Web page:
- Research article
- Open Access
Nano-electrospray tandem mass spectrometric analysis of the acetylation state of histones H3 and H4 in stationary phase in Saccharomyces cerevisiae
BMC Biochemistry volume 12, Article number: 34 (2011)
The involvement of histone acetylation in facilitating gene expression is well-established, particularly in the case of histones H3 and H4. It was previously shown in Saccharomyces cerevisiae that gene expression was significantly down-regulated and chromatin more condensed in stationary phase compared to exponential phase. We were therefore interested in establishing the acetylation state of histone H3 and H4 in stationary and in exponential phase, since the regulation of this modification could contribute to transcriptional shut-down and chromatin compaction during semi-quiescence.
We made use of nano-spray tandem mass spectrometry to perform a precursor ion scan to detect an m/z 126 immonium ion, diagnostic of an Nε-acetylated lysine residue that allowed unambiguous identification of acetylated as opposed to tri-methylated lysine. The fragmentation spectra of peptides thus identified were searched with Mascot against the Swiss-Prot database, and the y-ion and b-ion fragmentation series subsequently analyzed for mass shifts compatible with acetylated lysine residues. We found that K9, K14 and K36 of histone H3 and K12 and K16 of histone H4 were acetylated in exponential phase (bulk histones), but could not detect these modifications in histones isolated from stationary phase cells at the sensitivity level of the mass spectrometer. The corresponding un-acetylated peptides were, however, observed. A significantly higher level of acetylation of these residues in exponential phase was confirmed by immuno-blotting.
H4K16 acetylation was previously shown to disrupt formation of condensed chromatin in vitro. We propose that de-acetylation of H4K16 allowed formation of condensed chromatin in stationary phase, and that acetylation of H3K9, H3K14, H3K36, and H4K12 reflected the active transcriptional state of the yeast genome in exponential phase.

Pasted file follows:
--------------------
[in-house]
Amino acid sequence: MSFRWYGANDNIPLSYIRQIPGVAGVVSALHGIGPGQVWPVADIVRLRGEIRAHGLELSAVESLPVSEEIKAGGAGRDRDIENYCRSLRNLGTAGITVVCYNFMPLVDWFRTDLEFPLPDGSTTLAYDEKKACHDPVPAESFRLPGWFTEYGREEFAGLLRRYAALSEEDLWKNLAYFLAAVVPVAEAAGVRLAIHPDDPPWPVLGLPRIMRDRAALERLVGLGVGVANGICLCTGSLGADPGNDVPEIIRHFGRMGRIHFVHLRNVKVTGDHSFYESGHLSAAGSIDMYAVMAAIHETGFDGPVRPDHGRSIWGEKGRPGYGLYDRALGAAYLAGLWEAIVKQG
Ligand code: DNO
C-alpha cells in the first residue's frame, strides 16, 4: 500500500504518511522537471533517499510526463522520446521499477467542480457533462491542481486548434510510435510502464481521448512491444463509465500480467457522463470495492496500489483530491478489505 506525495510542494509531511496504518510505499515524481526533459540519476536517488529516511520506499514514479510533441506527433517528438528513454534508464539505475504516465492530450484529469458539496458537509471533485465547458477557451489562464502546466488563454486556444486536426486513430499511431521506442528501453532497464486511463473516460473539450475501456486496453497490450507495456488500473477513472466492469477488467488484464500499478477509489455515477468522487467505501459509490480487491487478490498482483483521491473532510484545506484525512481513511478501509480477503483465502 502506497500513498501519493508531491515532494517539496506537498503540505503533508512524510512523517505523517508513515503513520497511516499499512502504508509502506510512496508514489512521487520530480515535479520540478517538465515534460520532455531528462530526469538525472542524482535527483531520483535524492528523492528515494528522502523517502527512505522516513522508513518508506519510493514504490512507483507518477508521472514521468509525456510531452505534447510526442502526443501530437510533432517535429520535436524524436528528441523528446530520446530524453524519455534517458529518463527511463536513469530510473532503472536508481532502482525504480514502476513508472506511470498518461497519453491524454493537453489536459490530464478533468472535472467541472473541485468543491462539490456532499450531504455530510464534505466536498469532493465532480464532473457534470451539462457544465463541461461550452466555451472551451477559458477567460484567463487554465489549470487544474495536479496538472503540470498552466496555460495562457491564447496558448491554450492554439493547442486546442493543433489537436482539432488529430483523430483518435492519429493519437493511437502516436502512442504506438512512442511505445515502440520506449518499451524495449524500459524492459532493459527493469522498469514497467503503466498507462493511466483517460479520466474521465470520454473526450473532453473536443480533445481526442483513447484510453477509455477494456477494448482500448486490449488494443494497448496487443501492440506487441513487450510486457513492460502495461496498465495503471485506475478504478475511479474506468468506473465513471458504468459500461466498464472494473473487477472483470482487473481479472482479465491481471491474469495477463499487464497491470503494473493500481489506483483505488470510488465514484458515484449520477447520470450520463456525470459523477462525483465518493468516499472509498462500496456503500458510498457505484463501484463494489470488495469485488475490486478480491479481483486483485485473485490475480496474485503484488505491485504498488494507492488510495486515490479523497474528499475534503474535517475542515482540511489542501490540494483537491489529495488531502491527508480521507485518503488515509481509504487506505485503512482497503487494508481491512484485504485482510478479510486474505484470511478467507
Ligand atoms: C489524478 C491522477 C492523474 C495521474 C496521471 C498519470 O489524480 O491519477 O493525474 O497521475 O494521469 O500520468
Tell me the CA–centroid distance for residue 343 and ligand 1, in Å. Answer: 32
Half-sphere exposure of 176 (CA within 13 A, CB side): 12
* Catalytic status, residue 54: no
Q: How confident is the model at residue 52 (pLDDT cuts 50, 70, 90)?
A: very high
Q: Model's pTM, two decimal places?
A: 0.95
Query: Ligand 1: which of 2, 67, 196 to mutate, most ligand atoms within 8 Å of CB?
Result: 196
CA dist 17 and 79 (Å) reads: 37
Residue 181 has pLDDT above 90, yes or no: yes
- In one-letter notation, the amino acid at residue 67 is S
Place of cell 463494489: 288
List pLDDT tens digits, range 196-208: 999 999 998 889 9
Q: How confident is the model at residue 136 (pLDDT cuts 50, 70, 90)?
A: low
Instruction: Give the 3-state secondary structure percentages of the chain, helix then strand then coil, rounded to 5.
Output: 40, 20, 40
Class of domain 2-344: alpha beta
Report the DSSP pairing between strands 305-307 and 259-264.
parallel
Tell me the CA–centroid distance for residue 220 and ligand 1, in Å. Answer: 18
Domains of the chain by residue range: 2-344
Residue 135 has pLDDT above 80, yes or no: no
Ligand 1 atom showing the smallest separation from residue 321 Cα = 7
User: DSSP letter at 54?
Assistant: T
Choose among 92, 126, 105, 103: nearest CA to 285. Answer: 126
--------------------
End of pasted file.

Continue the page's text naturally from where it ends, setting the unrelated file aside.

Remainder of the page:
In 1963 Allfrey and colleagues showed that the acetylation of histone H3 and H4 alleviated the repressive effect of the histones on in vitro RNA synthesis in calf nuclei [1, 2]. This initial report saw the birth of epigenetics and an appreciation that covalent modifications of histones provided a mechanism whereby DNA function could be regulated. The nucleosomal packaging of DNA in chromatin was subsequently shown to be an integral component in the regulatory mechanism of the transcription process , involving ATP-dependent remodeling complexes, reversible, chemical modification of core histone as well as histone isotype swapping. Many transcriptional activators and repressors were further shown to be enzymes that were involved in the covalent modification of function-specific residues in the core histones, mostly located in the N- and C-terminal "tails" that extend from the central histone-fold domain .
It is now known that these chemical modifications are crucial to the proper regulation of DNA function. The absence of many of the proteins involved in post-translational histone modifications underlie many human diseases, including T-cell lymphoma, Rubinstein-Taybi syndrome, Coffin-Lowry syndrome and the autism spectrum disorders . In addition, the proper regulation of histone modifying enzymes are required for normal muscle development, neuronal plasticity as well as memory functions .
A general relationship between acetylation of the core histones and transcriptional activity, combined with chromatin decondensation, has been reported by many different groups . We have previously shown that linker histone Hho1 displayed a significant increase in chromatin binding in stationary phase in Saccharomyces cerevisiae, which coincided with an increase in chromatin compaction . Gene expression and protein synthesis were significantly decreased in stationary phase in S. cerevisiae, allowing cells to survive for extended periods in this semi-quiescent state [8–10]. Following re-feeding of the stationary phase yeast cells, the linker histone rapidly dissociated from chromatin, accompanied by a general increase in transcriptional activity as cells re-entered the cell cycle . We were therefore interested in investigating the presence of acetyl groups on all the N-terminal tail lysine residues of H3 and H4 in stationary and in exponential phase in S. cerevisiae, to elucidate the role that acetylation may play in transcriptional shut-down and compaction of the chromatin fiber during semi-quiescence.